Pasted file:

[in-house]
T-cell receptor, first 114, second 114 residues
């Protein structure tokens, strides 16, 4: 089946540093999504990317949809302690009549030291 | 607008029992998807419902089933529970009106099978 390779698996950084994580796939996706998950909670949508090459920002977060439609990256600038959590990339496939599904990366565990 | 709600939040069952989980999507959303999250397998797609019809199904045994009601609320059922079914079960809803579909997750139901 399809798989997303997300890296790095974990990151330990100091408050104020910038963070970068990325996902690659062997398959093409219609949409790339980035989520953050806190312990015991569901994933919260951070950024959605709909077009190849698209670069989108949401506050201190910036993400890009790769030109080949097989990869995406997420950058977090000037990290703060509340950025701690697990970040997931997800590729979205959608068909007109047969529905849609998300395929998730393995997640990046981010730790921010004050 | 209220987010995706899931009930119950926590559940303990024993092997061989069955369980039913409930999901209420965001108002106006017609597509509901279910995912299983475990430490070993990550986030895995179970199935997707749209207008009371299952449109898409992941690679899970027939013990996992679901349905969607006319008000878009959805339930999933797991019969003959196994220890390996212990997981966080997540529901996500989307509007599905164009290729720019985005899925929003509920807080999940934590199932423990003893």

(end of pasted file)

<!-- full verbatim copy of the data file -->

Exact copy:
[in-house]
T-cell receptor, first 114, second 114 residues
């Protein structure tokens, strides 16, 4: 089946540093999504990317949809302690009549030291 | 607008029992998807419902089933529970009106099978 390779698996950084994580796939996706998950909670949508090459920002977060439609990256600038959590990339496939599904990366565990 | 709600939040069952989980999507959303999250397998797609019809199904045994009601609320059922079914079960809803579909997750139901 399809798989997303997300890296790095974990990151330990100091408050104020910038963070970068990325996902690659062997398959093409219609949409790339980035989520953050806190312990015991569901994933919260951070950024959605709909077009190849698209670069989108949401506050201190910036993400890009790769030109080949097989990869995406997420950058977090000037990290703060509340950025701690697990970040997931997800590729979205959608068909007109047969529905849609998300395929998730393995997640990046981010730790921010004050 | 209220987010995706899931009930119950926590559940303990024993092997061989069955369980039913409930999901209420965001108002106006017609597509509901279910995912299983475990430490070993990550986030895995179970199935997707749209207008009371299952449109898409992941690679899970027939013990996992679901349905969607006319008000878009959805339930999933797991019969003959196994220890390996212990997981966080997540529901996500989307509007599905164009290729720019985005899925929003509920807080999940934590199932423990003893």